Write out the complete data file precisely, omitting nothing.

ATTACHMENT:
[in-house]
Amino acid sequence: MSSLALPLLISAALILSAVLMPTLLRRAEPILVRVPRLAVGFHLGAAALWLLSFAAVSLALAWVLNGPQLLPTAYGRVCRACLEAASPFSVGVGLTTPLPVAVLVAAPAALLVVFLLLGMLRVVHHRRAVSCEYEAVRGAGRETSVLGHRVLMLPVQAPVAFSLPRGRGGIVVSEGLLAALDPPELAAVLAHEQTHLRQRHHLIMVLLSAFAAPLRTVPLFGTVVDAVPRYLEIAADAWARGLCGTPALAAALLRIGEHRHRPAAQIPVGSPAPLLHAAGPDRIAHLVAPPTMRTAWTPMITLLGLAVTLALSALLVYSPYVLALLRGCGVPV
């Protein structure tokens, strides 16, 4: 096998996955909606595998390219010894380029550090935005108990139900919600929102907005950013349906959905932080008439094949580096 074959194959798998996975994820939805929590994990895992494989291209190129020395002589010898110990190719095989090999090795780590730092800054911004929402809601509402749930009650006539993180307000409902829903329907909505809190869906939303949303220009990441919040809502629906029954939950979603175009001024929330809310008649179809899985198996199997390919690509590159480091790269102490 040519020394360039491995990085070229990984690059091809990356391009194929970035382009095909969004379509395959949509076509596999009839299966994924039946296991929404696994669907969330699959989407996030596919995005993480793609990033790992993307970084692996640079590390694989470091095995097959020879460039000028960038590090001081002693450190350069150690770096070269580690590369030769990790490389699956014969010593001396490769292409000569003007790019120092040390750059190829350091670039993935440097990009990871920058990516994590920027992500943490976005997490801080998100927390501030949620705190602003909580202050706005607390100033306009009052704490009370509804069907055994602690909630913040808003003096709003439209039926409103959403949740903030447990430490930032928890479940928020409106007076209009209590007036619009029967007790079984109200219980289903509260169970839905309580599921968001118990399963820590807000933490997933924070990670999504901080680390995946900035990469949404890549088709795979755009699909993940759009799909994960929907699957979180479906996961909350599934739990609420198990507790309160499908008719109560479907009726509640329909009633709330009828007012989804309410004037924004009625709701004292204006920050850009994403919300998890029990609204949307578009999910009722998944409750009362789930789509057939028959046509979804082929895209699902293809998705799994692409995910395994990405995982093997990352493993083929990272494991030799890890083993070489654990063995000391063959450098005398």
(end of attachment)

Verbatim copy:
[in-house]
Amino acid sequence: MSSLALPLLISAALILSAVLMPTLLRRAEPILVRVPRLAVGFHLGAAALWLLSFAAVSLALAWVLNGPQLLPTAYGRVCRACLEAASPFSVGVGLTTPLPVAVLVAAPAALLVVFLLLGMLRVVHHRRAVSCEYEAVRGAGRETSVLGHRVLMLPVQAPVAFSLPRGRGGIVVSEGLLAALDPPELAAVLAHEQTHLRQRHHLIMVLLSAFAAPLRTVPLFGTVVDAVPRYLEIAADAWARGLCGTPALAAALLRIGEHRHRPAAQIPVGSPAPLLHAAGPDRIAHLVAPPTMRTAWTPMITLLGLAVTLALSALLVYSPYVLALLRGCGVPV
């Protein structure tokens, strides 16, 4: 096998996955909606595998390219010894380029550090935005108990139900919600929102907005950013349906959905932080008439094949580096 074959194959798998996975994820939805929590994990895992494989291209190129020395002589010898110990190719095989090999090795780590730092800054911004929402809601509402749930009650006539993180307000409902829903329907909505809190869906939303949303220009990441919040809502629906029954939950979603175009001024929330809310008649179809899985198996199997390919690509590159480091790269102490 040519020394360039491995990085070229990984690059091809990356391009194929970035382009095909969004379509395959949509076509596999009839299966994924039946296991929404696994669907969330699959989407996030596919995005993480793609990033790992993307970084692996640079590390694989470091095995097959020879460039000028960038590090001081002693450190350069150690770096070269580690590369030769990790490389699956014969010593001396490769292409000569003007790019120092040390750059190829350091670039993935440097990009990871920058990516994590920027992500943490976005997490801080998100927390501030949620705190602003909580202050706005607390100033306009009052704490009370509804069907055994602690909630913040808003003096709003439209039926409103959403949740903030447990430490930032928890479940928020409106007076209009209590007036619009029967007790079984109200219980289903509260169970839905309580599921968001118990399963820590807000933490997933924070990670999504901080680390995946900035990469949404890549088709795979755009699909993940759009799909994960929907699957979180479906996961909350599934739990609420198990507790309160499908008719109560479907009726509640329909009633709330009828007012989804309410004037924004009625709701004292204006920050850009994403919300998890029990609204949307578009999910009722998944409750009362789930789509057939028959046509979804082929895209699902293809998705799994692409995910395994990405995982093997990352493993083929990272494991030799890890083993070489654990063995000391063959450098005398």